I’ve been a graphic designer/illustrator/cartoonist for most of my adult life, but as I approached fifty years on this earth, I finally began writing. The first things I wrote made no sense because I had no idea what I was doing. My writing experience had involved writing headlines and snippets of ad copy, as well as a stray brochure here and there.
What I learned from this transition was that different forms of writing are like creating artwork in various media.
Take writing a novel, for instance. I compare that to making an oil painting on canvas. First, a sketch and color study is made of the proposed image. The paint is selected and applied according to the artist’s plan. If alterations, changes, or corrections are needed, oil paints can be very forgiving as they take quite a while to dry.
The artist may want to repaint a section or replace parts that don’t work. While the rest of the painting can remain undisturbed, one can use little paint thinner or turpentine in a cloth, and voila, the area can be repainted, over and over until it is just right. Some parts of the painting may be finished, but others may still be in a rough state. Keep in mind; the oil paints take a long time to dry – days sometimes weeks to be totally dry. A novel is much like that in that the writer has many pages to develop the story and create the story arc or arcs, while other parts of the story can develop separately until it is blended, shade, and glazed, and it all comes together.
A short story or flash fiction I compare to making a watercolor painting. While both appear to be somewhat spontaneous—although they aren’t. Much preliminary planning must take place. First, quality watercolor paper must be selected and what colors will be applied first. Watercolor paints dry very quickly. Certain areas must be given a few minutes to dry, so when transparent layers are added, the whole thing does not become a muddy mess. Once it is on the paper, that’s it! No going back and changing it.
Some stunning watercolor art can be created with proper planning and bravery on the artist’s part. Next time you look at a watercolor painting in a museum, look at how the artist makes the images with as few strokes as possible. In writing, plots need to be simplified, and the number of characters reduced because the story has to do its job with fewer words on fewer pages quickly. The story arc is going to be right up front. Next time you read a short story or flash fiction, look to see how quickly the writer has to make their point.
Each type of writing requires a different mindset. The same goes for painting in various media.
Now, how do these approaches apply to co-writing? Have you ever played the “Fold Doodle” game? Someone takes a sheet of paper and folds it horizontally into narrow sections then draws the head of a person or thing on the top section. They fold that section under and another adds to the drawing on the next section then folds it over and passed it on. This process continues until the paper is used up. It is then unfolded to reveal the drawing by many different hands. Sometimes it is hilarious, other times a disaster.
People have asked us many times how we write together, and the answer is communication and planning. Whether we are writing a novel, a short story, or a blog post, the best thing to do is check in with your co-writer along the way to make sure you are both in the right mindset for the story at hand and the results will be beautiful.
My husband, Will Zeilinger and I co-write the Skylar Drake Murder Mysteries. A hardboilded detective series that takes the reader to 1950s Los Angeles and other areas of the west. Our next book, GAME TOWN, will be available Spring 2019. Needless to say, at this time we are in the throes of writing and researching!
Someone said, “You can’t write about old Hollywood unless you experience it.” This is so true! Neither my husband nor I are from LA and didn’t experience gang infested 1950s LA. So we take field trips, such as the Raymond Chandler’s L.A. Tour. We research the clubs and hangouts of the time then visit the nightclubs, hotels, and restaurants (Turns out to be loads of fun).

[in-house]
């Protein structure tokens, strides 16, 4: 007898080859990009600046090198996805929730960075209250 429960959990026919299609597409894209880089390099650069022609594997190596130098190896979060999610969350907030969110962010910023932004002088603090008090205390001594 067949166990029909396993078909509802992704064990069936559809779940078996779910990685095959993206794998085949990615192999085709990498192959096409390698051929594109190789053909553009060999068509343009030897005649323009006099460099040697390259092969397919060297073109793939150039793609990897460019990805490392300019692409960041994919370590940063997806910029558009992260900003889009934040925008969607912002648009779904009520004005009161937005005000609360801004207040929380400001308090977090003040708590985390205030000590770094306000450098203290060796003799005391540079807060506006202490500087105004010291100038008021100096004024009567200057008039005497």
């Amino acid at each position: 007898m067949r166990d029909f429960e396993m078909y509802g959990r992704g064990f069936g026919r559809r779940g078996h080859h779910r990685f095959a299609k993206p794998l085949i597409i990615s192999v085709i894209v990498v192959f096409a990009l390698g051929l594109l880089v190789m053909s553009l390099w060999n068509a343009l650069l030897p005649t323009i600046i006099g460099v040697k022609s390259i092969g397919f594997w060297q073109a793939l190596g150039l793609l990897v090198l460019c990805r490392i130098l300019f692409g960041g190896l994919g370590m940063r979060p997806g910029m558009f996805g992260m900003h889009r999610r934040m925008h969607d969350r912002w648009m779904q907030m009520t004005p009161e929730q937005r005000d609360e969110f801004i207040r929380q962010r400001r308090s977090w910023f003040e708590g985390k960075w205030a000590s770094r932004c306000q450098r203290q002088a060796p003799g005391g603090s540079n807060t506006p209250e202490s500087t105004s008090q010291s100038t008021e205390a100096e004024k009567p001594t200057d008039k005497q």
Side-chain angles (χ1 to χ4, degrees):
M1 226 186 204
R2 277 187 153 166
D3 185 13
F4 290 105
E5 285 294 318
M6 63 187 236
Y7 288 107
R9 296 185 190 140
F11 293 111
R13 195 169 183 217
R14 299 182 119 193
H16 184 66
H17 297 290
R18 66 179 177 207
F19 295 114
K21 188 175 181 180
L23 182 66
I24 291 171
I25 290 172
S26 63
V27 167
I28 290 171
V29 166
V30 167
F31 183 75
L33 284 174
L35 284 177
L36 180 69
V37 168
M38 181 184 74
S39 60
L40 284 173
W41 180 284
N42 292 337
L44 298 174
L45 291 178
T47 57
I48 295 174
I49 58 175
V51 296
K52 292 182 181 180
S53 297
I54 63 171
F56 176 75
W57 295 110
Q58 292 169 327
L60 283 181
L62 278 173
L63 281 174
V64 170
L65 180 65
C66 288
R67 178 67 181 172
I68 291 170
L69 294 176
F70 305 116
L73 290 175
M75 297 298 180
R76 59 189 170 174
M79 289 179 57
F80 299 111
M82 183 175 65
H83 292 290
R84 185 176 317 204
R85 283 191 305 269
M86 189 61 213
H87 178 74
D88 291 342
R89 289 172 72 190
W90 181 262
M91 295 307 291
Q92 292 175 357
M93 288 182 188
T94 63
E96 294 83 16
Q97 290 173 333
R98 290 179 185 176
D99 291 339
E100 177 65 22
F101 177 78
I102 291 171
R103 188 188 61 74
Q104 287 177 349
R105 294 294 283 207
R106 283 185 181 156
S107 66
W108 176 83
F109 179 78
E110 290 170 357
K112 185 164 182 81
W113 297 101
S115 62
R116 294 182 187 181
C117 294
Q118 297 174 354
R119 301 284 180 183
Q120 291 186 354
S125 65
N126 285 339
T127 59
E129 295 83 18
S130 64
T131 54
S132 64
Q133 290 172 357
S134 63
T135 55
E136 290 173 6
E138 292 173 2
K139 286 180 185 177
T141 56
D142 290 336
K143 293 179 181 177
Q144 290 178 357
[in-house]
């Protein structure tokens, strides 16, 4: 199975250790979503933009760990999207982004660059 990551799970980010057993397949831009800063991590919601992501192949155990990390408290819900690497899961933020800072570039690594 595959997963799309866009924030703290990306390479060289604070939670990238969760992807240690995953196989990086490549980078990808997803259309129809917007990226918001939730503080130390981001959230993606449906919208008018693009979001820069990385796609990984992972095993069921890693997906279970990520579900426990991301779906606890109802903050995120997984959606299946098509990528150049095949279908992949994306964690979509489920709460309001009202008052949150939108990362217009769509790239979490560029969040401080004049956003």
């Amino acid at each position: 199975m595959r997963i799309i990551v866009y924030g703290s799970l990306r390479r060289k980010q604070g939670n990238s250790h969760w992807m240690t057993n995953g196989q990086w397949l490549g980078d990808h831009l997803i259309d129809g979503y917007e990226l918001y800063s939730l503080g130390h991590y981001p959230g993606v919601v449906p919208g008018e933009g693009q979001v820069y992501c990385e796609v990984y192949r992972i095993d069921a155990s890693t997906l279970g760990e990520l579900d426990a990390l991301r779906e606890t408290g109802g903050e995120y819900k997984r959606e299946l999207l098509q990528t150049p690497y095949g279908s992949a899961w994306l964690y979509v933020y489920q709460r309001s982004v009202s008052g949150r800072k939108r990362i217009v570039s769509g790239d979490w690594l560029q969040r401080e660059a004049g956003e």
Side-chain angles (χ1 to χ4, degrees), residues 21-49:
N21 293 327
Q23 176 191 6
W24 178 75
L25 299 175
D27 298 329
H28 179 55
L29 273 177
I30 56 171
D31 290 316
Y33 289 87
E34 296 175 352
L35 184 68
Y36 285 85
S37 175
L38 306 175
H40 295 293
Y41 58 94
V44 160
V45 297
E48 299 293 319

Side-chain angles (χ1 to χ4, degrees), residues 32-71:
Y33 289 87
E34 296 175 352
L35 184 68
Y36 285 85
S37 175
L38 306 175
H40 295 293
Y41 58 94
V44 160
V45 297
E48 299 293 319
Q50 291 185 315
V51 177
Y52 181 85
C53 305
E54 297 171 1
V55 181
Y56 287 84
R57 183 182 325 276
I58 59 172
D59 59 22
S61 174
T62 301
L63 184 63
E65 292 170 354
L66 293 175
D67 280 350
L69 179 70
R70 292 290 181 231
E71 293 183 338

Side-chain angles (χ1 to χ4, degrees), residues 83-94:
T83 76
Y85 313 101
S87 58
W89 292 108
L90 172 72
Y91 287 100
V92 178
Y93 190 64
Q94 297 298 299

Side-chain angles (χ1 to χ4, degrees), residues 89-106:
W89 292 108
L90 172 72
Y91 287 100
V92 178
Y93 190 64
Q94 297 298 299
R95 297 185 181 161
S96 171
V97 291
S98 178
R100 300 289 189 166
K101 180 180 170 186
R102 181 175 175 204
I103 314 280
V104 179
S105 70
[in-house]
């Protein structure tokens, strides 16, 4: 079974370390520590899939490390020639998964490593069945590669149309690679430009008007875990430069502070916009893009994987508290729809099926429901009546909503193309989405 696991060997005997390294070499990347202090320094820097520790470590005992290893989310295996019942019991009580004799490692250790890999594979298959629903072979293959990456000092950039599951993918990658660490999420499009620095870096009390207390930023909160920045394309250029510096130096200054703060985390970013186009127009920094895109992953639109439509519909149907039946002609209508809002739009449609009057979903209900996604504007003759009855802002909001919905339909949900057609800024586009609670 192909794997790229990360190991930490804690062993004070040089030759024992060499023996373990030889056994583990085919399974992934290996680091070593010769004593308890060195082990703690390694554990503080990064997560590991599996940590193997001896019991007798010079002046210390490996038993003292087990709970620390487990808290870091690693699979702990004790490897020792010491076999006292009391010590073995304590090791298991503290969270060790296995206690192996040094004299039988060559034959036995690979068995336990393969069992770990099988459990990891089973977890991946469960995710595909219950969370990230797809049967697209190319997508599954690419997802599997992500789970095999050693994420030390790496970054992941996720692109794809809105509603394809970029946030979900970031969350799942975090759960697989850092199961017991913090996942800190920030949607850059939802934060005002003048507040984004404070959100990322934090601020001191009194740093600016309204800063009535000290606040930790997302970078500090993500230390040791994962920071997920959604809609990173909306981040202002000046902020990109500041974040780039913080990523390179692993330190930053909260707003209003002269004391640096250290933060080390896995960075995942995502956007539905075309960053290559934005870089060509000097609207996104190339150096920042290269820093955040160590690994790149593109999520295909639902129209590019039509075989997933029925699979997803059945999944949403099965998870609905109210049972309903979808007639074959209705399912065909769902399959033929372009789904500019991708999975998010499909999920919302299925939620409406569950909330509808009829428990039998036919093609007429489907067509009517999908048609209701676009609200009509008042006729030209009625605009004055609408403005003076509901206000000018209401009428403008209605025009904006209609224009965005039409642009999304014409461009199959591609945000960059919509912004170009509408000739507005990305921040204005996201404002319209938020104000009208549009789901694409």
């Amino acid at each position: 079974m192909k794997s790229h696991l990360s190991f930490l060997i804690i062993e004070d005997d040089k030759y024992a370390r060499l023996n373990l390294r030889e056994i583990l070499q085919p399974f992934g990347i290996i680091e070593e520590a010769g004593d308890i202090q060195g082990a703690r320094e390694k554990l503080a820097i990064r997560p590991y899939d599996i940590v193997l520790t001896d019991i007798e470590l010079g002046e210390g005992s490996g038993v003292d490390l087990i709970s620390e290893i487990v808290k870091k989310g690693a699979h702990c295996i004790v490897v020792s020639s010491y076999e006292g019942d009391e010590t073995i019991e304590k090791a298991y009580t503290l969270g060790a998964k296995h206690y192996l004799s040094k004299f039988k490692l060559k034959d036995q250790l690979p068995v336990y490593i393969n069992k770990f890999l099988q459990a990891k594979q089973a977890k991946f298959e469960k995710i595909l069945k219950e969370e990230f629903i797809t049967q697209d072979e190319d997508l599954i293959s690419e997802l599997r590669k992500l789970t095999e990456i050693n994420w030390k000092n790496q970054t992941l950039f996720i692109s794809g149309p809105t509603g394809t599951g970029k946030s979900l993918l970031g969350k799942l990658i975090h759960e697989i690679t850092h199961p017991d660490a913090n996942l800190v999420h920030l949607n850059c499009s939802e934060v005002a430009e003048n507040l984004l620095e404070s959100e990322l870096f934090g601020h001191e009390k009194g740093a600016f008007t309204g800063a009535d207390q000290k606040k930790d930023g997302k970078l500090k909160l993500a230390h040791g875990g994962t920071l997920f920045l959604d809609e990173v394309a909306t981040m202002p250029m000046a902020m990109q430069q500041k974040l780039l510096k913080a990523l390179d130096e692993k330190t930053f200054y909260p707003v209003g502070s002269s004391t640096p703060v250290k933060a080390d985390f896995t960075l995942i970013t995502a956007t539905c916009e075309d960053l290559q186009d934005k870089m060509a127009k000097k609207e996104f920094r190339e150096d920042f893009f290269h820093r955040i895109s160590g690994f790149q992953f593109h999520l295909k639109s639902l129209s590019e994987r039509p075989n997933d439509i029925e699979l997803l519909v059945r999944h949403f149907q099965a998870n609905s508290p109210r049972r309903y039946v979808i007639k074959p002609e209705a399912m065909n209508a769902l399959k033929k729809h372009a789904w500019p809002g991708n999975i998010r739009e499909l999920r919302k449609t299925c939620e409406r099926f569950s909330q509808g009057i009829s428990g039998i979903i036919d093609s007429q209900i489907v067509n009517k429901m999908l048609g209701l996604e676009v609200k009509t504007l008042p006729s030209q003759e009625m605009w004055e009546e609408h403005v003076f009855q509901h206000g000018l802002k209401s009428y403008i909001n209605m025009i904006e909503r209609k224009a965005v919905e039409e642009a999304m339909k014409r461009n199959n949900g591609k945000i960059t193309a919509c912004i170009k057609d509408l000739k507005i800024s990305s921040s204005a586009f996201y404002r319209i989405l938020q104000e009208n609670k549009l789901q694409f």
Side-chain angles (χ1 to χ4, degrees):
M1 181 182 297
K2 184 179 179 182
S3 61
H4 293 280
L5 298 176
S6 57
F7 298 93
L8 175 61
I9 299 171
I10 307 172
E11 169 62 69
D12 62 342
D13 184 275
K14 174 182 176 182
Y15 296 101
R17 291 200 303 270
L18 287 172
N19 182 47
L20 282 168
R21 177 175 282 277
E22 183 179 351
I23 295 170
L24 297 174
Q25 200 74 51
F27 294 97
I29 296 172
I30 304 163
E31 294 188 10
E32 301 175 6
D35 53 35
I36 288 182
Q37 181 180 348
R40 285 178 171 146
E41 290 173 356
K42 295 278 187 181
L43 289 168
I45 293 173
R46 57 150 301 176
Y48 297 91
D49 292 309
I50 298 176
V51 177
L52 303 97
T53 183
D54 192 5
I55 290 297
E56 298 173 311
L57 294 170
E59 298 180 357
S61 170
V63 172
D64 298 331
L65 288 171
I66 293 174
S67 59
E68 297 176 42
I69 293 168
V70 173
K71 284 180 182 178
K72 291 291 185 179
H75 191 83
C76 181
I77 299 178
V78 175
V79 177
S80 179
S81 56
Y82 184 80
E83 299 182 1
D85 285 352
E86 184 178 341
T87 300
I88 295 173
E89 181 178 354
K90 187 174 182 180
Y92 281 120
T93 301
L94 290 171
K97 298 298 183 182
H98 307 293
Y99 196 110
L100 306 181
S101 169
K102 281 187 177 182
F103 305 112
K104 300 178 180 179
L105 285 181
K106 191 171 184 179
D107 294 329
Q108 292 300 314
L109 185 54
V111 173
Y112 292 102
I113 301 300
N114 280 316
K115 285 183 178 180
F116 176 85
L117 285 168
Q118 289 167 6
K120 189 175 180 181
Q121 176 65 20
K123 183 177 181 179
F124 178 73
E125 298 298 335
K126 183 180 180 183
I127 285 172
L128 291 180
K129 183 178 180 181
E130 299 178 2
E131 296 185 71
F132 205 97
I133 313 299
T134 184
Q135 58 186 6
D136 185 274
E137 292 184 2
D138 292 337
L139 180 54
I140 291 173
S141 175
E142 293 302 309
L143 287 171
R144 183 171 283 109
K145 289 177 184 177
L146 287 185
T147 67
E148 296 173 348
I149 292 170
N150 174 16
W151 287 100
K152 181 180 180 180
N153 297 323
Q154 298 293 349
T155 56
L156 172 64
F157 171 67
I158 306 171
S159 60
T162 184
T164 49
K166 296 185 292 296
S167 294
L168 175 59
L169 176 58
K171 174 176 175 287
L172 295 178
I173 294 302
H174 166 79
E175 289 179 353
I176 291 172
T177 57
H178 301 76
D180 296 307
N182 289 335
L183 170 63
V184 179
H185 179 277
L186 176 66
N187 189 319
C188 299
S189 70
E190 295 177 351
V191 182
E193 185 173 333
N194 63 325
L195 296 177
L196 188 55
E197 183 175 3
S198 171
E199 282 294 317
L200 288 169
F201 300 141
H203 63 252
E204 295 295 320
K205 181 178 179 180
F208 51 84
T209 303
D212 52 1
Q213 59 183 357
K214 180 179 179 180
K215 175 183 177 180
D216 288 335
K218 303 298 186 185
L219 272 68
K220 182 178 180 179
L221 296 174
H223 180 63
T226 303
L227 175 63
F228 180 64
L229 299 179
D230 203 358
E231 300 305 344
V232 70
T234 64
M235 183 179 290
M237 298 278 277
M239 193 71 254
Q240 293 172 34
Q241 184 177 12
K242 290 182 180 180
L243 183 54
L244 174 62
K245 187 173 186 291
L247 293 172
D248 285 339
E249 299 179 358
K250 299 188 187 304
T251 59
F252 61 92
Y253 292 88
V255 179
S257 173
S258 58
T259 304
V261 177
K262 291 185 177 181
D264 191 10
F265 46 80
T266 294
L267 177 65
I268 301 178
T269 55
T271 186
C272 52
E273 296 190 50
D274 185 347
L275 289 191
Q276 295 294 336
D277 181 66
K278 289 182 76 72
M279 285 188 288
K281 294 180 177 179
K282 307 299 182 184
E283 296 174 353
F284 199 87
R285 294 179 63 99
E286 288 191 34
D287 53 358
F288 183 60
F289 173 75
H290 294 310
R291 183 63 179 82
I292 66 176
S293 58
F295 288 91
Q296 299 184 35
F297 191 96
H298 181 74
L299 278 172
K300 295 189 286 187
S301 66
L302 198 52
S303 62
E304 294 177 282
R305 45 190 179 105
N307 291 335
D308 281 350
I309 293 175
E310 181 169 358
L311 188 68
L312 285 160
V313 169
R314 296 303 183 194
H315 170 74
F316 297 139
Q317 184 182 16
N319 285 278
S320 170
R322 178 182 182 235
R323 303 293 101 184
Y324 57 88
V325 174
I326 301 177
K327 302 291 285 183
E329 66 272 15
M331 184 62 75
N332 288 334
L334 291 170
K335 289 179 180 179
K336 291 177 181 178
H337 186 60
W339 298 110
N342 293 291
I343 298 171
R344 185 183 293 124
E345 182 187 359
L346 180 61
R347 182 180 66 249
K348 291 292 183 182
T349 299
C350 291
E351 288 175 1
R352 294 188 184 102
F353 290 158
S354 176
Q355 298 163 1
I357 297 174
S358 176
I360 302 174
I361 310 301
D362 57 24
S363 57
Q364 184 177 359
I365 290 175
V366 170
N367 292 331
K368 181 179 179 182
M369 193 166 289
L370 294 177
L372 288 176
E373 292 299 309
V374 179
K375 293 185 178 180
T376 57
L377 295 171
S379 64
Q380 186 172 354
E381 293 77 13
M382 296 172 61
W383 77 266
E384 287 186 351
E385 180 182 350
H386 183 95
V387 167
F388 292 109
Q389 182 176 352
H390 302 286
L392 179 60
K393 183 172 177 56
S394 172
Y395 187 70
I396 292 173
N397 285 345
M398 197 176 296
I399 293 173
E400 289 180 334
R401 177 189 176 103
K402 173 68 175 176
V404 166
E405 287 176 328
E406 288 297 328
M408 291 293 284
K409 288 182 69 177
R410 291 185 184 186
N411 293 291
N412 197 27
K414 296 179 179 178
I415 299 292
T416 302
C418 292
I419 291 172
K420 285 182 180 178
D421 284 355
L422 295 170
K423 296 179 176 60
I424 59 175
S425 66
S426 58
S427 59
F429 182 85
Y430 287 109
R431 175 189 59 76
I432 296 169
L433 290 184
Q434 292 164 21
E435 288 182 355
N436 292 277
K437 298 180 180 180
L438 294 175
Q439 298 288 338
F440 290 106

To begin our journey for this series, (even before we started writing), we took a trip to San Diego and the Sheriff’s Museum. We called ahead and scheduled interviews with several retired policemen, including one that worked the L.A. beat in the late 1950s. This gentleman was a wealth of information on police activity in Hollywood and the surrounding area. Our first novel in the series, SLIVERS OF GLASS, takes place in spring, 1955 in Santa Rosa.
Research for STRANGE MARKINGS was mostly gathered on our trip to Molokai, Hawaii. Natives we interviewed told us about the many legends and what it was like living in the area in summer, 1955. As each person talked about their experiences, plots and subplots emerged for us.
We found people living in the areas at the time each book took place and interviewed them. Since DESERT ICE takes place in Las Vegas, Fall, 1955. We interviewed a dancer who worked on the, then new, strip. Will also had a college buddy who lived in Boyle Heights in the 50s, so we interviewed him and his sister for the same book where the first murder takes place.
SLICK DEAL takes place in Winter of 1955, is base on interviews with local people in Signal Hill, and Avalon, on Catalina Island all in southern California. After lengthy interviews my husband and I commented how the spoken word conjures up images and ideas so easily.
GAME TOWN, our fifth book in the series due for release in April 2019, takes place in spring, 1956. We decided to keep it in Hollywood for the first time. We recently took an afternoon and drove around old Hollywood looking for body dumps that would have been in existence in 1956. We stumbled upon a lovely apartment building, El Royale, circa 1929. We weren’t allowed in the building without permission from a resident, so we drove around and looked it up on the internet when we got home. What an amazing place for several scenes!
Whether writing about faraway places, or in a different era, visiting locations or places that imitate the area helps us develop plots. Interviews with those familiar with the time or location add “flavor” to our story. So if you are writing about a famous lodge in Switzerland, take a trip to a Ski Lodge close to you when it snows.